A wine’s vintage is as important as its grapes, vineyard and region. A vintage refers to the year that the wine was made, this encompasses the whole year rather than just when the grapes were harvested.

A good vintage will be one that has a good winter that enables the vine to remain dormant and rest before the new year. Spring should be mild with average rain, as vines don’t like too much water. A good summer will be nice and long, not too hot but with plenty of sunshine. This will be perfect grape-growing weather, with no adverse weather conditions, and will hopefully produce a top quality wine. Unfortunately ideal weather doesn’t guarantee a fine wine, as the winemaker still has make the final product.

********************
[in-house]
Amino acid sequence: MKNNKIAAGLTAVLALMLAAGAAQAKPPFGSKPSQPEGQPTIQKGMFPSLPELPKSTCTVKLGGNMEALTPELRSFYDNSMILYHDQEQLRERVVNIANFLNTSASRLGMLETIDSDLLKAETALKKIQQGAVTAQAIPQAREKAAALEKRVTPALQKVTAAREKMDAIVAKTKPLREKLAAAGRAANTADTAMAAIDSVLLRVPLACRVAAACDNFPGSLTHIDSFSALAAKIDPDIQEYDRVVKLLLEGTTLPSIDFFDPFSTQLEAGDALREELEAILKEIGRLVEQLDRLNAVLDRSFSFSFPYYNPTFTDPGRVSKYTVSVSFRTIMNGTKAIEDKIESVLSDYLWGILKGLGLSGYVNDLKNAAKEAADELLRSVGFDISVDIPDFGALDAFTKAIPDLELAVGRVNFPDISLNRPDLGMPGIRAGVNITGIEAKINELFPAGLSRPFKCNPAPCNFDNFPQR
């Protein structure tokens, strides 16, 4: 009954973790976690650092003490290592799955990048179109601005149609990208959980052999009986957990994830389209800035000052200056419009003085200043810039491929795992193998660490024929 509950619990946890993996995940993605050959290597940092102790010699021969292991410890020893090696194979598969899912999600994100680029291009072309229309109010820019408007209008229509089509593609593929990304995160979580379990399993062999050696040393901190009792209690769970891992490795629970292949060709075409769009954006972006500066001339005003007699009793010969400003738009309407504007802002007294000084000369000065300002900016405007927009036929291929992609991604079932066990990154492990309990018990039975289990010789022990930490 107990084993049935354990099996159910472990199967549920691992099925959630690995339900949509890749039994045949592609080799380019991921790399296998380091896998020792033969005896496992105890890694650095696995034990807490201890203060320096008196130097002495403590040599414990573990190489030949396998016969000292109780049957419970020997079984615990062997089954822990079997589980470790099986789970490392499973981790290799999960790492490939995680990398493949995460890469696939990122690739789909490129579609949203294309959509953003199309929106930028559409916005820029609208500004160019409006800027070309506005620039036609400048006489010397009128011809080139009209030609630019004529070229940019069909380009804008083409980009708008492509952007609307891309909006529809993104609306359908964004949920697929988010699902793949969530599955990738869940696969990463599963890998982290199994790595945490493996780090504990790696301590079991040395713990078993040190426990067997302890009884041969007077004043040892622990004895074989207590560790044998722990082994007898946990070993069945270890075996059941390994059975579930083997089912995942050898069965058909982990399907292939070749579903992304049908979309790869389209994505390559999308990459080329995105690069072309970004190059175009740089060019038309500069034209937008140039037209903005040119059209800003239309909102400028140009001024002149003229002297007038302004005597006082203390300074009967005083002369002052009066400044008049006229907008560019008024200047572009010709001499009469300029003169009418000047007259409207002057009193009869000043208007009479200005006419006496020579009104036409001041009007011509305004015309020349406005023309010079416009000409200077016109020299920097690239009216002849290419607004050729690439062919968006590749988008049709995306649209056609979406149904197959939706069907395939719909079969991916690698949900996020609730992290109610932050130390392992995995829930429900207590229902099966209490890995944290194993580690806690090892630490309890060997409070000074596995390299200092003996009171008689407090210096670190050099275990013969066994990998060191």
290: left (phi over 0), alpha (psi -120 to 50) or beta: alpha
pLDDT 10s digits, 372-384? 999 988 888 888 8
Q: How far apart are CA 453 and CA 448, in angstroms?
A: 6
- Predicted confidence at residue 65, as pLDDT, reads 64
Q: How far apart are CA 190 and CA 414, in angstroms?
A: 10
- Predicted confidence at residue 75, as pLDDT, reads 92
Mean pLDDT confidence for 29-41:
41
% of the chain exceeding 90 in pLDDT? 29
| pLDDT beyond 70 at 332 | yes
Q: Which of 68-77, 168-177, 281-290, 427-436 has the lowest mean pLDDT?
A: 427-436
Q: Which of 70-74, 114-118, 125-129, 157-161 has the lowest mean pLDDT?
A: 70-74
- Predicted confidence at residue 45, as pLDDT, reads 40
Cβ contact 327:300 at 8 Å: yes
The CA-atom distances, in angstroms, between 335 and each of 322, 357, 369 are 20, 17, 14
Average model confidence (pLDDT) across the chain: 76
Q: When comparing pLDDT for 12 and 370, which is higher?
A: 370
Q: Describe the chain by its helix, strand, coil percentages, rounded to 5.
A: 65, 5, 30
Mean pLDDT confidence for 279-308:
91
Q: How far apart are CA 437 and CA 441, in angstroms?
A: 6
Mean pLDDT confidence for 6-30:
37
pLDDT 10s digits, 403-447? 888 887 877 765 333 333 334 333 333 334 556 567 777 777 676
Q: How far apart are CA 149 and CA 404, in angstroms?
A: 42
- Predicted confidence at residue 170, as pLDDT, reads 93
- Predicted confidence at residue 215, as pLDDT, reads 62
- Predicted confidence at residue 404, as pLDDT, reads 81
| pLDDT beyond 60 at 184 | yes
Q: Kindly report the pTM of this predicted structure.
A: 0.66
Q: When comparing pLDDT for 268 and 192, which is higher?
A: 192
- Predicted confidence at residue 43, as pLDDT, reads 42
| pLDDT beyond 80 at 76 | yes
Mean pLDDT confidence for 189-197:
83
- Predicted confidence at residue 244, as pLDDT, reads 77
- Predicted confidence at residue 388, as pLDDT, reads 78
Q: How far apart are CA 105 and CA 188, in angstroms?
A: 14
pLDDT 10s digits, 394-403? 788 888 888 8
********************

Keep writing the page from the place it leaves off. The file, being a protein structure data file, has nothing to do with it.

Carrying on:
Bad vintages can occur for many different reasons. A cold, sunless summer will mean the grapes won’t ripen fully. A summer that is too hot, as in most of Europe in 2003, makes the grapes ripen too much and these very sweet grapes make the vintage overly alcoholic. Too much rain on the other hand can cause grapes to rot. Frost, or even hail, can destroy vines, the canopies or the grapes themselves.

Vintages are so important that in the Douro valley in Portugal, where Port is made, the wine is only made commercially available in a ‘vintage’ year i.e. if it is deemed good enough quality. This preserves the reputation of the area’s wine and guarantees quality.